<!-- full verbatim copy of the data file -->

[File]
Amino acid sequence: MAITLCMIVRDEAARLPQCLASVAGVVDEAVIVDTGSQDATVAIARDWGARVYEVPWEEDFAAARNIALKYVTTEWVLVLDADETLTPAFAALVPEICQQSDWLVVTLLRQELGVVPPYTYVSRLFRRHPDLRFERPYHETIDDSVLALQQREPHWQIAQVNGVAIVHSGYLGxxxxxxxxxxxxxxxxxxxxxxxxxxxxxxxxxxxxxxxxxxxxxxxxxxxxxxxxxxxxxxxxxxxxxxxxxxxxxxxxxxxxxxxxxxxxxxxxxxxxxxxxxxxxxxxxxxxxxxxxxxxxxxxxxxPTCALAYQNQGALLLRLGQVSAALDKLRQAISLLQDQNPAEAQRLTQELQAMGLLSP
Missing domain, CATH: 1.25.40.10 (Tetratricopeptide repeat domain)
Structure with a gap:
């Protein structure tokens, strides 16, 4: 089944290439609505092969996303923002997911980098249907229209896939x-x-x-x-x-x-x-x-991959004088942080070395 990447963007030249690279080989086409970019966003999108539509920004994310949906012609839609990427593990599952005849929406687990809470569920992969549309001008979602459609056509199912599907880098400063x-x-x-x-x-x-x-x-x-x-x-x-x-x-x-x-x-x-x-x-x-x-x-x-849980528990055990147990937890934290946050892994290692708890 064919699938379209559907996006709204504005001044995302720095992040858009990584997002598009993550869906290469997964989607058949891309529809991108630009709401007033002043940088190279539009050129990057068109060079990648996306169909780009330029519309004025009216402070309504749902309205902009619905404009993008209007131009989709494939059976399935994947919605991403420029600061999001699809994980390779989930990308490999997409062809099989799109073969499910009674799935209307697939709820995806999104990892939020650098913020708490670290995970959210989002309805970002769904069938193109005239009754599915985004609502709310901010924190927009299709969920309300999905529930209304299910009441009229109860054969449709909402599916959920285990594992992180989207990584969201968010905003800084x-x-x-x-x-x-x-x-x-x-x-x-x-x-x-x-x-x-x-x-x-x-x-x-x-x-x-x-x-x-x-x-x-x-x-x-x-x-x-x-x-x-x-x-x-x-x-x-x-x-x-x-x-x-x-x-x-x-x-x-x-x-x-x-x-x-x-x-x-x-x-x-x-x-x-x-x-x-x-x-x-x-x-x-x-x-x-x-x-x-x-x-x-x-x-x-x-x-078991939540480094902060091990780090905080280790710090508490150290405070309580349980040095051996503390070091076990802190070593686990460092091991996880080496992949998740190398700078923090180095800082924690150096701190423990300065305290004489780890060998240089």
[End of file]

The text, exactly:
Amino acid sequence: MAITLCMIVRDEAARLPQCLASVAGVVDEAVIVDTGSQDATVAIARDWGARVYEVPWEEDFAAARNIALKYVTTEWVLVLDADETLTPAFAALVPEICQQSDWLVVTLLRQELGVVPPYTYVSRLFRRHPDLRFERPYHETIDDSVLALQQREPHWQIAQVNGVAIVHSGYLGxxxxxxxxxxxxxxxxxxxxxxxxxxxxxxxxxxxxxxxxxxxxxxxxxxxxxxxxxxxxxxxxxxxxxxxxxxxxxxxxxxxxxxxxxxxxxxxxxxxxxxxxxxxxxxxxxxxxxxxxxxxxxxxxxxPTCALAYQNQGALLLRLGQVSAALDKLRQAISLLQDQNPAEAQRLTQELQAMGLLSP
Missing domain, CATH: 1.25.40.10 (Tetratricopeptide repeat domain)
Structure with a gap:
């Protein structure tokens, strides 16, 4: 089944290439609505092969996303923002997911980098249907229209896939x-x-x-x-x-x-x-x-991959004088942080070395 990447963007030249690279080989086409970019966003999108539509920004994310949906012609839609990427593990599952005849929406687990809470569920992969549309001008979602459609056509199912599907880098400063x-x-x-x-x-x-x-x-x-x-x-x-x-x-x-x-x-x-x-x-x-x-x-x-849980528990055990147990937890934290946050892994290692708890 064919699938379209559907996006709204504005001044995302720095992040858009990584997002598009993550869906290469997964989607058949891309529809991108630009709401007033002043940088190279539009050129990057068109060079990648996306169909780009330029519309004025009216402070309504749902309205902009619905404009993008209007131009989709494939059976399935994947919605991403420029600061999001699809994980390779989930990308490999997409062809099989799109073969499910009674799935209307697939709820995806999104990892939020650098913020708490670290995970959210989002309805970002769904069938193109005239009754599915985004609502709310901010924190927009299709969920309300999905529930209304299910009441009229109860054969449709909402599916959920285990594992992180989207990584969201968010905003800084x-x-x-x-x-x-x-x-x-x-x-x-x-x-x-x-x-x-x-x-x-x-x-x-x-x-x-x-x-x-x-x-x-x-x-x-x-x-x-x-x-x-x-x-x-x-x-x-x-x-x-x-x-x-x-x-x-x-x-x-x-x-x-x-x-x-x-x-x-x-x-x-x-x-x-x-x-x-x-x-x-x-x-x-x-x-x-x-x-x-x-x-x-x-x-x-x-x-078991939540480094902060091990780090905080280790710090508490150290405070309580349980040095051996503390070091076990802190070593686990460092091991996880080496992949998740190398700078923090180095800082924690150096701190423990300065305290004489780890060998240089």